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  • Hamm, Kyle C.
    Army Pfc. Kyle C. Hamm has graduated from basic combat training at Fort Jackson, Columbia, S.C.
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    Air Force Airman Colton T. Barker graduated from basic military training at Joint Base San Antonio-Lackland, San Antonio, Texas.
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    Air Force Airman David J. Sellers graduated from basic military training at Joint Base San Antonio-Lackland, San Antonio, Texas.
Brian Francisco | The Journal Gazette
Parkview Health will remodel a former cancer center for use as the new VA clinic.

Parkview helps VA offer clinic

To remodel site for mental health needs

The Department of Veterans Affairs wanted to rent an outpatient clinic within 5 miles of its VA Medical Center. In the end, it decided on a much closer site – practically next door, in fact.

Parkview Health will spend $5 million to renovate a former cancer center at its Randallia Drive campus for use as a VA clinic for mental health services. The building at 2500 E. State Blvd. is northeast of the VA complex at Randallia and Lake Avenue.

“This has truly been something that Parkview Health has desired for quite a while,” Sue Ehinger, president of Parkview Hospital & Affiliates, said Monday.

“For us, mental health services is one of our strengths,” Ehinger said.

Parkview has hired Johnson Development, a health care real estate company in Birmingham, Ala., to remodel, expand and manage the 25,000-square-foot structure, which was built in the early 1980s, Ehinger said.

VA requires 27,000 square feet of space, and Johnson Development will add 8,000 more during the conversion.

VA will contribute about $1.5 million in design and construction costs and pay yearly rent of $1.36 million to Parkview for 20 years – putting its price tag at nearly $29 million, not counting staffing costs. Congress authorized the project in 2011.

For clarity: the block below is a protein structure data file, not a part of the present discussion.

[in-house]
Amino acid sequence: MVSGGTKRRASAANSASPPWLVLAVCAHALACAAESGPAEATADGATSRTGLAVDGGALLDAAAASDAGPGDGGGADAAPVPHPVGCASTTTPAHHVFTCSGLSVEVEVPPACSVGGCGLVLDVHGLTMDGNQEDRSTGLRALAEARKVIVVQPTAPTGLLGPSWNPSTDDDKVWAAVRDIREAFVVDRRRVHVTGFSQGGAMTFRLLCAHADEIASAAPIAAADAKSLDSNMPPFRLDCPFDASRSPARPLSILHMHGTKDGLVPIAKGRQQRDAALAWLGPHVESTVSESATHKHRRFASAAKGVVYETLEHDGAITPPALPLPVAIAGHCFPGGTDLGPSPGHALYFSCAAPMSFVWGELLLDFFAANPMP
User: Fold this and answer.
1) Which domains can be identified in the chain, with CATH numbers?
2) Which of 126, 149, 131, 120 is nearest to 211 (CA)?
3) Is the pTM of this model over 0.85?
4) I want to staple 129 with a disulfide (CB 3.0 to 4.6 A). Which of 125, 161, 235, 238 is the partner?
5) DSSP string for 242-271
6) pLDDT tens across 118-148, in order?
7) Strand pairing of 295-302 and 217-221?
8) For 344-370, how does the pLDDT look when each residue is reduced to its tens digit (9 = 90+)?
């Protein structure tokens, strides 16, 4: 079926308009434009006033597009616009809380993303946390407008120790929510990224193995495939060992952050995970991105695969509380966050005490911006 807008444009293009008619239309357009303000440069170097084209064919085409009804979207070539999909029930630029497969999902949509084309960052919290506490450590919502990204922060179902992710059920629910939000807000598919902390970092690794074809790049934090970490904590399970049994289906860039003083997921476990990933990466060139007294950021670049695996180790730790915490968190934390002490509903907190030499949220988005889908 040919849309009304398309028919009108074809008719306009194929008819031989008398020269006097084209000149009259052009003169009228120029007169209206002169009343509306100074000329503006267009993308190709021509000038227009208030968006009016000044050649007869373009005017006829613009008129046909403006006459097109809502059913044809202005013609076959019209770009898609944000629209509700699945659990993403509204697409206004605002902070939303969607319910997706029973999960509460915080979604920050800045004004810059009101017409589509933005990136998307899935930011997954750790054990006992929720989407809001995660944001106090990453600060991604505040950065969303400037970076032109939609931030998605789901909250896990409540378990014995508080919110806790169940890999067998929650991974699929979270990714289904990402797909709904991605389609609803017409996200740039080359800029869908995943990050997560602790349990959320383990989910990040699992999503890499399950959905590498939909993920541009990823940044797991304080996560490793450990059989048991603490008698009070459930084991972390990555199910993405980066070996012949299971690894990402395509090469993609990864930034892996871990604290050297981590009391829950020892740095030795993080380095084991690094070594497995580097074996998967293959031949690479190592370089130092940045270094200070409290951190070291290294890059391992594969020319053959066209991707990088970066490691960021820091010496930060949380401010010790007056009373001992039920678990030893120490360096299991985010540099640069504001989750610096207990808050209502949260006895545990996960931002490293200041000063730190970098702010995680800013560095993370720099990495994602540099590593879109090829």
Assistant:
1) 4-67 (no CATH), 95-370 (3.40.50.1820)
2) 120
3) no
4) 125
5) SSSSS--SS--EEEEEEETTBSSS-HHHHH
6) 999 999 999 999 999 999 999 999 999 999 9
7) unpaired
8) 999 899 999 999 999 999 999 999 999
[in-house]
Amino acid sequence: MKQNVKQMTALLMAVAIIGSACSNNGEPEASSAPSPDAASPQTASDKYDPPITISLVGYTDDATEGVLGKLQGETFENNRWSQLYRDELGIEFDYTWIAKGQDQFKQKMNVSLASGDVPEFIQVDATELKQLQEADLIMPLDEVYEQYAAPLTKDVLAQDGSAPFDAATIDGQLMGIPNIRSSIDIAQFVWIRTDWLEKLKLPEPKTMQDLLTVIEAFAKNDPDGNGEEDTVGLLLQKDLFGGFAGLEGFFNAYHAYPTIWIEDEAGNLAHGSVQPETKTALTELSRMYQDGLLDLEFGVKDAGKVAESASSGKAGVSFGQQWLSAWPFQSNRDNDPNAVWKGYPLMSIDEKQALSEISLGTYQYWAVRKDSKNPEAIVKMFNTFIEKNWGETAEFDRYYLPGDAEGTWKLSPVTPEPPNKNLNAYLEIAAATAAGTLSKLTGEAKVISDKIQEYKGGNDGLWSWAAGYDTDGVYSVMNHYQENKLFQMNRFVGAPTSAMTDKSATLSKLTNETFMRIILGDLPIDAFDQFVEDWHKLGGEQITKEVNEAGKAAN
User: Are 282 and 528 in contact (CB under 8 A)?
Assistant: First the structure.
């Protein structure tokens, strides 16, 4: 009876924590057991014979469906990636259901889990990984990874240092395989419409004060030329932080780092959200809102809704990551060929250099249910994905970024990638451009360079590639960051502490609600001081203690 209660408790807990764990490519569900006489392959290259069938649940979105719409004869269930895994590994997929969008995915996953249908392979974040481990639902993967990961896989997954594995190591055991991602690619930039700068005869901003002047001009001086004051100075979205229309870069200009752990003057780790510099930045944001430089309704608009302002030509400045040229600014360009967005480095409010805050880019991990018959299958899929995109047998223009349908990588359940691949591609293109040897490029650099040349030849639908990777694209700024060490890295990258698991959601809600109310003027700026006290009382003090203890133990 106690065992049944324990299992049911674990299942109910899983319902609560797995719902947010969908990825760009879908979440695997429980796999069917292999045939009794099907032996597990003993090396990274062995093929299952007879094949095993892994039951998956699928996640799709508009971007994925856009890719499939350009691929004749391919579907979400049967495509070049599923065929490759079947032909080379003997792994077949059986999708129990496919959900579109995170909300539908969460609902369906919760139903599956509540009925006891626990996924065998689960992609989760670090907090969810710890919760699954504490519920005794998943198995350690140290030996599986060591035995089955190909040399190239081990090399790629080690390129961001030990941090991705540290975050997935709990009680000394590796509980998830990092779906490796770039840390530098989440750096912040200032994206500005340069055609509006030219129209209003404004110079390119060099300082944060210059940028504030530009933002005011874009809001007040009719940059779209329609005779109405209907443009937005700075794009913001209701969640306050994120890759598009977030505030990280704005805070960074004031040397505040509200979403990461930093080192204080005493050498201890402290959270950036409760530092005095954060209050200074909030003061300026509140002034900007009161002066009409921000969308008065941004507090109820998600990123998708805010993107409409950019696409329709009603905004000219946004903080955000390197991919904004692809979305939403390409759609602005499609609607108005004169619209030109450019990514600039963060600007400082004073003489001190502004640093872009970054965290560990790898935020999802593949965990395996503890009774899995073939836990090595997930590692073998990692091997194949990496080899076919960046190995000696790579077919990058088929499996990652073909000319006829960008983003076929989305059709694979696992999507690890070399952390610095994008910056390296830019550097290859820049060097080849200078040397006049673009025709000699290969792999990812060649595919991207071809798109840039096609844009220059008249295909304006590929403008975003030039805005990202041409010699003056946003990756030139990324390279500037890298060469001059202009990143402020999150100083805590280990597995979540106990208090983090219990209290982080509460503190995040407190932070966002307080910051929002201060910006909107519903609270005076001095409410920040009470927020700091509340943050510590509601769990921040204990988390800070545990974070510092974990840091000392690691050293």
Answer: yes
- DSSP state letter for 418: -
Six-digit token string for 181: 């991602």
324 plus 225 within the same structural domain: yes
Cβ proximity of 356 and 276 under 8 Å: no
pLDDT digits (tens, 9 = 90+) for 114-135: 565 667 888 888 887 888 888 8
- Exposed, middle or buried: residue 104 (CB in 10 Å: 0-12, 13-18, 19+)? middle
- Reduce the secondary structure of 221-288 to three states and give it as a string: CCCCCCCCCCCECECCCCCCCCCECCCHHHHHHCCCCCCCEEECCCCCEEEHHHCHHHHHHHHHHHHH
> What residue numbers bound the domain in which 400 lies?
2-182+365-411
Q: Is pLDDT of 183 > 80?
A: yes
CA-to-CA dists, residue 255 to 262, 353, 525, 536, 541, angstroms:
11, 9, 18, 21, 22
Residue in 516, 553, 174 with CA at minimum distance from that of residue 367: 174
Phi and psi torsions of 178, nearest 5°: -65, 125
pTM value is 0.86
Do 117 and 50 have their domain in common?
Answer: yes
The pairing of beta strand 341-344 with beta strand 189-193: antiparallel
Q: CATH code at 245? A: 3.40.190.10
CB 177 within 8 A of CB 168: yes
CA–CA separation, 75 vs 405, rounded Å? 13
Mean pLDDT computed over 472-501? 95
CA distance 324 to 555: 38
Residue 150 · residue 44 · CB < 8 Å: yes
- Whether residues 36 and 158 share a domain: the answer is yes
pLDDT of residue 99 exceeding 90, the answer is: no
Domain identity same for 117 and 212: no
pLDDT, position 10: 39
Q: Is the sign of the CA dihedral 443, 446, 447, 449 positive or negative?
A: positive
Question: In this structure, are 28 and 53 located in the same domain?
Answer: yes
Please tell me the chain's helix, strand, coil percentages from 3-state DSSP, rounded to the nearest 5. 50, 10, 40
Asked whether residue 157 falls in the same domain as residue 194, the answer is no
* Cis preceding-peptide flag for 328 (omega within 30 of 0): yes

The lease agreement was announced Friday. Denise Deitzen, director of VA Northern Indiana Health Care System, said Monday she had no information on how many bids were received and why Parkview was awarded the contract. The VA project manager in Washington, D.C., referred those questions to the department’s public affairs office.

Deitzen said bids “are reviewed against the criteria that’s been established … and this was the one that was selected, with the best criteria for what we needed to provide care for our veterans.”

Lutheran Health Network did not bid on the lease. Its interest “ended when it became evident that the available space the network had to offer would not be considered” because of “geographical restrictions,” Geoff Thomas, public relations supervisor for Lutheran, said in an email.

VA stated in 2011 it would consider sites “in close proximity” to Fort Wayne. A year later, the agency set the boundaries as Washington Center and St. Joe Center roads on the north, Jefferson and Washington boulevards on the south, Maplecrest Road on the East and Lindenwood Avenue on the west.

The outpatient clinic is expected to open in 2015. Its nearly 100 staffers and administrators will treat military veterans who suffer post-traumatic stress disorder, substance abuse and other mental health disorders.

The VA Medical Center, built in 1950, treated 3,245 veterans for mental health disorders in fiscal 2012. Combined, they made 18,000 visits to the center. Moving mental health care to the Parkview site will free space at the medical center for primary care, said Deitzen, adding that demand for VA medical services continues to grow.

“We wanted to be sure that our veterans here were taken care of, and this is the result of that today,” Rep. Marlin Stutzman, R-3rd, said at Monday’s announcement. “We send them a message that we do care and we are thankful to them for serving our country.”

Rep. Jackie Walorski, R-2nd, a member of the House Veterans’ Affairs Committee, said veterans are “a very hurting population” in need of medical care.

Staff members for Sens. Dan Coats, R-Ind., and Joe Donnelly, D-Ind., applauded the VA-Parkview partnership in their remarks.